A Black Veteran’s Story

Charles Franklin Crosby

This being the Memorial Day weekend, it is a nice moment to share a small treasure from my research on black Civil War Veterans, done for my books, After the Glory: The Struggles of Black Civil War Veterans (2004) and (with Elizabeth Regosin) Voices of Emancipation: Understanding Slavery, the Civil War, and Reconstruction through the U.S. Pension Bureau Files (2008).

The following is a deposition of Charles Franklin Crosby (pictured above) made in June 1914 in support of his claim for a Civil War pension. Crosby’s deposition is interesting both for his detailed account of his military service and colorful postwar life. Born a slave in Kentucky, by the outbreak of the Civil War, Charles Nunn, as he was then known, was enslaved on the Florida/Alabama border. He joined the Union Army in 1863, seeing combat, especially during the successful assault on Fort Blakely, Alabama, in April 1865. After the war, he worked as a cowboy in Texas, and then resided for many years in Mexico, marrying a Mexican women. To the detailed account of his life, particularly Crosby’s military service, we can thank his relatively late pension application, which combined with his name change (he took his father’s last name after the war–a common step of ex-slaves), prompted the U.S. Pension Bureau to put his case under “Special Examination.” Federal bureaucrats wanted to reassure themselves that Crosby really was a Civil War veteran. It also explains the photo, which was solicited from Crosby to circulate among verified comrades who had served with him, so they might provide a positive identification.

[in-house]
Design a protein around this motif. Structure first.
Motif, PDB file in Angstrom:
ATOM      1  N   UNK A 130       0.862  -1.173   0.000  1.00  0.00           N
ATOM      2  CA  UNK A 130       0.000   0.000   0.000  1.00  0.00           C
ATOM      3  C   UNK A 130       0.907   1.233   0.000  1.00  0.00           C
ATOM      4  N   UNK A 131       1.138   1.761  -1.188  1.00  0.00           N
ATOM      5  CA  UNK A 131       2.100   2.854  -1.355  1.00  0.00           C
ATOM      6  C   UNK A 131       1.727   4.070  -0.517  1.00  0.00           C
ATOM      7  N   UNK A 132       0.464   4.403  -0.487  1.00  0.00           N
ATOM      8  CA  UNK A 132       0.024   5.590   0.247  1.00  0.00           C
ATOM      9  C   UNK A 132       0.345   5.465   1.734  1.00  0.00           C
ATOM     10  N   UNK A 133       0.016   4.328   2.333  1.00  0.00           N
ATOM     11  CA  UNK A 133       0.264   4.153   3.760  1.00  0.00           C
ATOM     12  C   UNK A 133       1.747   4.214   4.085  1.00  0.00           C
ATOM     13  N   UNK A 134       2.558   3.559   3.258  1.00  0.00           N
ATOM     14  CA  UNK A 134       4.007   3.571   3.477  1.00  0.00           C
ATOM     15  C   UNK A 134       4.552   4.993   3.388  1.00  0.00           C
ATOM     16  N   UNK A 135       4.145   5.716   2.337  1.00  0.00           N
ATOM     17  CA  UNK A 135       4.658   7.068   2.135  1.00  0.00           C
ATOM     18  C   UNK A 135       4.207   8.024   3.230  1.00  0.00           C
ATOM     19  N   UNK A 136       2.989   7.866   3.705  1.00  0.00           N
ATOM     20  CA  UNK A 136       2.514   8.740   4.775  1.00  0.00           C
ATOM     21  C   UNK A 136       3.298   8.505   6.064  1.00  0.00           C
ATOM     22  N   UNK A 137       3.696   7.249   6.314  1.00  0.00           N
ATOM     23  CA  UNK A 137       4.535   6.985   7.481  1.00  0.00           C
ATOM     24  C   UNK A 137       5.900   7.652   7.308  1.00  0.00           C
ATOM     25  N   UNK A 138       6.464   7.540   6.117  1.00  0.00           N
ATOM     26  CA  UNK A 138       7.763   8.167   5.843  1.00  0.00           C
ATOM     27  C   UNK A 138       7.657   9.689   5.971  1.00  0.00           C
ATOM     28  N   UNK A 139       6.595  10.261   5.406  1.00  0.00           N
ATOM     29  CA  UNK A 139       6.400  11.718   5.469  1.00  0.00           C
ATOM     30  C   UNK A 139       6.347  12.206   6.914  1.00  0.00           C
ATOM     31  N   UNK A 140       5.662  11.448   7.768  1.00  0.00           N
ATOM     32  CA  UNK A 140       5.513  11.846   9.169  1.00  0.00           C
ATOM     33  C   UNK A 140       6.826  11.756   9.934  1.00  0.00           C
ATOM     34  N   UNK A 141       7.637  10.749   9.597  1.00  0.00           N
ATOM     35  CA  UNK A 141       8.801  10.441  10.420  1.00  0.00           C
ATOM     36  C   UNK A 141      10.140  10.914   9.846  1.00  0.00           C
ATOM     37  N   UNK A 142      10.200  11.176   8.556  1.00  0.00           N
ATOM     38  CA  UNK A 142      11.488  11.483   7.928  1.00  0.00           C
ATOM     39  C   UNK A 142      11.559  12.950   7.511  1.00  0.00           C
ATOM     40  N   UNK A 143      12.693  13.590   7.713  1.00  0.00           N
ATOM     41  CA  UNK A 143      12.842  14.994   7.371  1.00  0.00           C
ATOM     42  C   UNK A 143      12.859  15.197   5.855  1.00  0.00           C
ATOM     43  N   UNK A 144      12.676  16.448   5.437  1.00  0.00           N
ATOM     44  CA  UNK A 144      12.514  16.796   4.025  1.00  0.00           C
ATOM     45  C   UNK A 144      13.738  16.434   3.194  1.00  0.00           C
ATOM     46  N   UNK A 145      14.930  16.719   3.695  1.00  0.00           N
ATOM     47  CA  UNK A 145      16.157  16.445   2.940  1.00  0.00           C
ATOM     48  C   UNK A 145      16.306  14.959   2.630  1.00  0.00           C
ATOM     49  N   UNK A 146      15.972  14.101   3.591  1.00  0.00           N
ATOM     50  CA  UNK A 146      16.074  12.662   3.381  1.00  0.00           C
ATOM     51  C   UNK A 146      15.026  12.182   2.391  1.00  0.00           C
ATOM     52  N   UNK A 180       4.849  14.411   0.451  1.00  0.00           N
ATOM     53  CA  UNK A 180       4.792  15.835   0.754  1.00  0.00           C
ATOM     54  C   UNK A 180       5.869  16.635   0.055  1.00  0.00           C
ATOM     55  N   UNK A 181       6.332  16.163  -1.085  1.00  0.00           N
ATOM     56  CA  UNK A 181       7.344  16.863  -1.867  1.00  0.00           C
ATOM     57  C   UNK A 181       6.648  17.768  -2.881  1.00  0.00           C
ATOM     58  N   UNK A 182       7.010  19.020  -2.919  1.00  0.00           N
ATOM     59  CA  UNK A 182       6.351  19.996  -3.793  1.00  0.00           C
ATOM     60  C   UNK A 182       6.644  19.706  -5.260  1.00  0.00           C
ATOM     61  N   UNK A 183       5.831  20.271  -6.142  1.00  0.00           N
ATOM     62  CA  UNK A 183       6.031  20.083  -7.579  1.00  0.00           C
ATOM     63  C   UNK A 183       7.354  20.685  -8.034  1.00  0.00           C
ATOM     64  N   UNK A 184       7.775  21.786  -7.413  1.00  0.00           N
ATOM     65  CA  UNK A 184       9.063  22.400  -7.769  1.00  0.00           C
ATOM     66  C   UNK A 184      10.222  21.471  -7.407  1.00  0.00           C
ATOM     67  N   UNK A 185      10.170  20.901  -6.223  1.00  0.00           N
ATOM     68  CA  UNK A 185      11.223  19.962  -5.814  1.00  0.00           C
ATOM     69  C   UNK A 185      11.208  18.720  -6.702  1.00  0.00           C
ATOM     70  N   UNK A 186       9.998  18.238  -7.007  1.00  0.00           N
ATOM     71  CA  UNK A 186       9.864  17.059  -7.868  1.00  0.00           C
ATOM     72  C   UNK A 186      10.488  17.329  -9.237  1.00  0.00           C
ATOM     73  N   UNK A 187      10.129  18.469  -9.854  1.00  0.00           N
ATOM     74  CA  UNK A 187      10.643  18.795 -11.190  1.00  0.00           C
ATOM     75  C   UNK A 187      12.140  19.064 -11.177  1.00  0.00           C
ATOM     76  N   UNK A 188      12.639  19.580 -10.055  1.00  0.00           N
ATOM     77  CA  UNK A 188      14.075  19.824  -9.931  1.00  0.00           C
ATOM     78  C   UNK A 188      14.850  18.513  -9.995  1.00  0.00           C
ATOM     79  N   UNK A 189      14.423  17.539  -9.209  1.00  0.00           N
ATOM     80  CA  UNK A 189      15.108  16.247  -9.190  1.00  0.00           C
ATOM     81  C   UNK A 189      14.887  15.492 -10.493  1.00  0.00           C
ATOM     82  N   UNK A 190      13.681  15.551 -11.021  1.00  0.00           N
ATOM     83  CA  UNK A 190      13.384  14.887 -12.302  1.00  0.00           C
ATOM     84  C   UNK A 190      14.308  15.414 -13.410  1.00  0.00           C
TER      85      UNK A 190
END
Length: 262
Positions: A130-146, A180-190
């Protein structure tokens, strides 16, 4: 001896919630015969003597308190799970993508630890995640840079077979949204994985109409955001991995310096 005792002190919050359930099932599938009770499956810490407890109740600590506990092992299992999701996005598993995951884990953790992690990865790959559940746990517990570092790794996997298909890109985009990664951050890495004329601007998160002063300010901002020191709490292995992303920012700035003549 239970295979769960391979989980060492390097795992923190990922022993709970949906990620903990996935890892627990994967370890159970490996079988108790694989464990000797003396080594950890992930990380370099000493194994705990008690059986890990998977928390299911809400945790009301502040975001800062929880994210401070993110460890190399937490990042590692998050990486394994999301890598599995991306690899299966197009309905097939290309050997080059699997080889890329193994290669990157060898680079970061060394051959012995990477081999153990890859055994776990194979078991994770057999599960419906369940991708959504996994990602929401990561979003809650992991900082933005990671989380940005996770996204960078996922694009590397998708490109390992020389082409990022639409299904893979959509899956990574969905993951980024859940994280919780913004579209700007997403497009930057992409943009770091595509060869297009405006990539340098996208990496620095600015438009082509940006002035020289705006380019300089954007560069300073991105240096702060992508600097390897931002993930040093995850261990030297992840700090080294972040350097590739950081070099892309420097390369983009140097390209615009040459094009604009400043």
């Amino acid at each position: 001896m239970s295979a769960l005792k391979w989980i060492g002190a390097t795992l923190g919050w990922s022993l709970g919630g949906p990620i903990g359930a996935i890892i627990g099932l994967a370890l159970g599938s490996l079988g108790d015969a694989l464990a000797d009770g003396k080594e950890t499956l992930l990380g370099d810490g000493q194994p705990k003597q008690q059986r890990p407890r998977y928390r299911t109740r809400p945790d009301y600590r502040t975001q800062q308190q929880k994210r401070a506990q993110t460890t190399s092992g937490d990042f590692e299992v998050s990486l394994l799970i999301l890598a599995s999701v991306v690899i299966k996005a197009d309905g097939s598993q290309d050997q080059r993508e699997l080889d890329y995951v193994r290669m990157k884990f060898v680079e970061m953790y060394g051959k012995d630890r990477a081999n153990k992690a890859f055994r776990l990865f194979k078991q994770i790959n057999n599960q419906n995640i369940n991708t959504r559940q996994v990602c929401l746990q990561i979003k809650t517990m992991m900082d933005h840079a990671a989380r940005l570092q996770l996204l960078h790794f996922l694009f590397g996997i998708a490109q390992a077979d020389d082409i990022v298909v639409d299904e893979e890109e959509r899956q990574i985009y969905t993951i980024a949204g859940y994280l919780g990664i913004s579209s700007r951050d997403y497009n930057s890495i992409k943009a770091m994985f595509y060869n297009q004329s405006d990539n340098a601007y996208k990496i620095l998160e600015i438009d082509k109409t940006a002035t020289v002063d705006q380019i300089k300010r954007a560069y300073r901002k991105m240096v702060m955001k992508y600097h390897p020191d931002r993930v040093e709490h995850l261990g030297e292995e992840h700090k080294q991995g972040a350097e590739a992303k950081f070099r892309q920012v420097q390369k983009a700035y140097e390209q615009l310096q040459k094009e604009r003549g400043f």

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Deposition of Charles Franklin Crosby (see photograph on page xii), June 19, 1914, Civil War Pension File of Frank Nunn (alias Charles Franklin Crosby), 86th USCI, RG 15. (Also appearing on pp. 152-57 of Voices of Emancipation.)

I reckon I am about 67 years old. I do not know my age but that is as near as I can get at it. My address is Box 289, Eagle Pass, Texas. I am a laborer.

I served in the civil war in Cos. A & K, 86th La. Inf. as they called it in those days. I never served in any other company or regiment and was never in the navy.

I am claiming a pension on account of said service.